WHEN US artist Oddisee takes the stage at the ANU’s pop-up, live-music venue Molo Live, he’ll be playing to a fan base of soul and hip-hop lovers. For Oddisee, born Amir Mohamed, is known as […]
“VENUS In Furs” is a play that delves into the competing historical sexual paradigms through which genders have navigated over the past two hundred or so years.
Semantic traps are embedded in the dialogue. The two central characters, Thomas Novachek (playwright/director) and Vanda Jordan (an aspiring actress), self-consciously entrap each other into offensive statements on sexual desire. Such statements are then deconstructed and used as fuel to chide the other.
Sex is the source of power, control and warfare with no prisoners. David Ives has touched some raw nerves in this aggressively funny yet disturbing play.
Craig Alexander and Joanna Richards provide engaging and high-tempo performances with excellent control of the language. This heightens the semantic play within a play.
The confusions resulting from roleplay and real desire provide the dramatic tension that keeps the momentum and suggesting some dire outcome. The stage setting is immediately effective with a recognisable location that still suggests something sinister.
It might surprise audiences to find a play that references S&M provides no salacious content. Rather polemical positions are held up for shredding. The stereotypical male writer establishes the locked-in white male pseudo-academic searching and tortured soul seeking some idealistic truth. The stereotypical streetwise female displays the deceptive abilities and an insightful heart of the beaten but resilient gender warrior/rectifier.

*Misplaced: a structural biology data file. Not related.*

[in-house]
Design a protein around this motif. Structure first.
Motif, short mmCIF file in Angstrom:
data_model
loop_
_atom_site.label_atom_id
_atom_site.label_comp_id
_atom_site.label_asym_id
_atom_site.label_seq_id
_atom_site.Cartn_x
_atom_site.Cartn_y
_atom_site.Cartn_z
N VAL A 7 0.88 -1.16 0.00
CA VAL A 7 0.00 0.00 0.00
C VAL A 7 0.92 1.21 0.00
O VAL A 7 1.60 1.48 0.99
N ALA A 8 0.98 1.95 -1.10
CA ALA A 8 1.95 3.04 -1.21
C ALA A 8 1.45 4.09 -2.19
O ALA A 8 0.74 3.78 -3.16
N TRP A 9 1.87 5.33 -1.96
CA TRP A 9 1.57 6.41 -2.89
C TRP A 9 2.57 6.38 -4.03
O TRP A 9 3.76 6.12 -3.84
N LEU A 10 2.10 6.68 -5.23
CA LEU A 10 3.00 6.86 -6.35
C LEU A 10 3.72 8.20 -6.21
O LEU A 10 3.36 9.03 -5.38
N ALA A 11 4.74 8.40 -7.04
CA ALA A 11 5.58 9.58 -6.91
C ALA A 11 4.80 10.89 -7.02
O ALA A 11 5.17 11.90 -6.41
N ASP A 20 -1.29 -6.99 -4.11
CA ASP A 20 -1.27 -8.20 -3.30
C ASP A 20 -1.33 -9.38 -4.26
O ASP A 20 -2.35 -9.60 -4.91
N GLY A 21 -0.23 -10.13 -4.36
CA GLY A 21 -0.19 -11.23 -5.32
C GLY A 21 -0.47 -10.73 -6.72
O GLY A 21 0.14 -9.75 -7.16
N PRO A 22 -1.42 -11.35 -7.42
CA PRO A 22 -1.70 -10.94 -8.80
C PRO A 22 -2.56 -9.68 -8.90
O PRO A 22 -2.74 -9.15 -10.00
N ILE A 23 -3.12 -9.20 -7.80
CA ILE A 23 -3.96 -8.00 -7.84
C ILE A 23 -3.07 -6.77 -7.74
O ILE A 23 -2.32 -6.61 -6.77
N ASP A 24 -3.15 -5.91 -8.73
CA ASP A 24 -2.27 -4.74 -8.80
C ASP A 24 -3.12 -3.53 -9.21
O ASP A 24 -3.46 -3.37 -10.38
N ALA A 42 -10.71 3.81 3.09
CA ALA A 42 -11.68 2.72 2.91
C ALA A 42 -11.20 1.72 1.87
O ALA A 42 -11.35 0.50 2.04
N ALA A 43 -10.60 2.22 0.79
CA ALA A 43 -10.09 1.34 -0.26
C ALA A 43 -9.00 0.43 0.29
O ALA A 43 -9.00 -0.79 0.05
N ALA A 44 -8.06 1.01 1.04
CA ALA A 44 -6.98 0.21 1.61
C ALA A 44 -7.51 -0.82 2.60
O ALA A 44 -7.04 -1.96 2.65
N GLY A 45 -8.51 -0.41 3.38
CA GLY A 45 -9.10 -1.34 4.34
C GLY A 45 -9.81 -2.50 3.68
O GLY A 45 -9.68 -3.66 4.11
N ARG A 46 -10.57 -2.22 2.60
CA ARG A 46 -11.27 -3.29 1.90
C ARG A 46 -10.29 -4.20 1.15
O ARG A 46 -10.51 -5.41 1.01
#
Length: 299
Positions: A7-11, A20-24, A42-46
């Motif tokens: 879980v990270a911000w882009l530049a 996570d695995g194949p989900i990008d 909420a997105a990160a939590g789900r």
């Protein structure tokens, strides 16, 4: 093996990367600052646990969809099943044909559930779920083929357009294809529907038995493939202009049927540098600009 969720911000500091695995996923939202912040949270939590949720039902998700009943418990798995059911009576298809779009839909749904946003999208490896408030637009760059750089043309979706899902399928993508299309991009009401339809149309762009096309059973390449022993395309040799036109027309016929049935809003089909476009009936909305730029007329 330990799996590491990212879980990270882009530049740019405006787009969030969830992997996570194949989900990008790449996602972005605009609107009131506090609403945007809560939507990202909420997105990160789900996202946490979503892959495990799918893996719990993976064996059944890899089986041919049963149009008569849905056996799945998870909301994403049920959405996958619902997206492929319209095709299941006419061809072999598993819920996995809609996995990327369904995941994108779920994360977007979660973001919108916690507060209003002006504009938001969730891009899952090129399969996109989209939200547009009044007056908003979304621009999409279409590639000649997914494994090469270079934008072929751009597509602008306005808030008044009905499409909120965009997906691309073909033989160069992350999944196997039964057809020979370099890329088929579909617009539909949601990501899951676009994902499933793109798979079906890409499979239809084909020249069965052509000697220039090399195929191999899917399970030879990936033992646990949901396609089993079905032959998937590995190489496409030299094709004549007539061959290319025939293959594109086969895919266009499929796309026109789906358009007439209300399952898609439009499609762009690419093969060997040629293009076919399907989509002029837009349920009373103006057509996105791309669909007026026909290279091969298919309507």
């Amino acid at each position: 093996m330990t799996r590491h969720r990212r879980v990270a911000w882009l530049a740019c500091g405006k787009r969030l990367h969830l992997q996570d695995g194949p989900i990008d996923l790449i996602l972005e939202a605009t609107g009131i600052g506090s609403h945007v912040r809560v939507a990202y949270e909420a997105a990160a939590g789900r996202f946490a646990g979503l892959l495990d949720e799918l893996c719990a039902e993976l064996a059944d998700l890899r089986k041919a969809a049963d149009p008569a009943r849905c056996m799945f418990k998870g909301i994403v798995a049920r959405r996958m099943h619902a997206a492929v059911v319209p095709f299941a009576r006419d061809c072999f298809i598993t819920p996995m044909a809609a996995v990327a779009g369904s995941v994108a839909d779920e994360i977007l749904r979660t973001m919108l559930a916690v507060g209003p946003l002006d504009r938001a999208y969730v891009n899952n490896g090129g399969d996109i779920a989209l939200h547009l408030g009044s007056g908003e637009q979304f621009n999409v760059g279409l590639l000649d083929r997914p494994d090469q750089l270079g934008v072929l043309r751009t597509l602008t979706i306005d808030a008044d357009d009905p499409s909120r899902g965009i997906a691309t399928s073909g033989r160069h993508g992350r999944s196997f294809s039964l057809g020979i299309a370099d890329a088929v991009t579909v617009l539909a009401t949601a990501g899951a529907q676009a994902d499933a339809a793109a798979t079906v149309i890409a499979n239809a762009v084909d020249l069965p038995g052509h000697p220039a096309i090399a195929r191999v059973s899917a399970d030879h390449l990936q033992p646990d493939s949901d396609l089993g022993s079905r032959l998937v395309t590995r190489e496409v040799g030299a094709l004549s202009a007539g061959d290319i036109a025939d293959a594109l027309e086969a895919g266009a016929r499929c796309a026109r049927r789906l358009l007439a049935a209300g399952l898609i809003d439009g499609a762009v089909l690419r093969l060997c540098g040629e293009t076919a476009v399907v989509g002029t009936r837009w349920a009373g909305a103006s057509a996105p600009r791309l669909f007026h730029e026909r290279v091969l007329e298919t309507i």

Ives uses these seemingly superficial types to infuse the play with a dialectic source for examining the assumptions underpinning sexual action. Aided by the infusion of comic and self-deprecating asides, it demands concentration from the audience.
At its heart, the play seems to delve into that same psychological territory occupied by Stephen King’s “Gerald’s Game”; though with none of the horror writer’s tricks.
Ive’s play is very much a battle of semantics and this may obscure the deeper inclinations and ambiguities that shroud sexual explorations. It is more concerned with political considerations and the social assumptions and constructions that encase the literature and the popular use and misuse of sexual appropriation. In this sense, “Venus In Furs” is a bold challenge to audiences and the use of sex in art.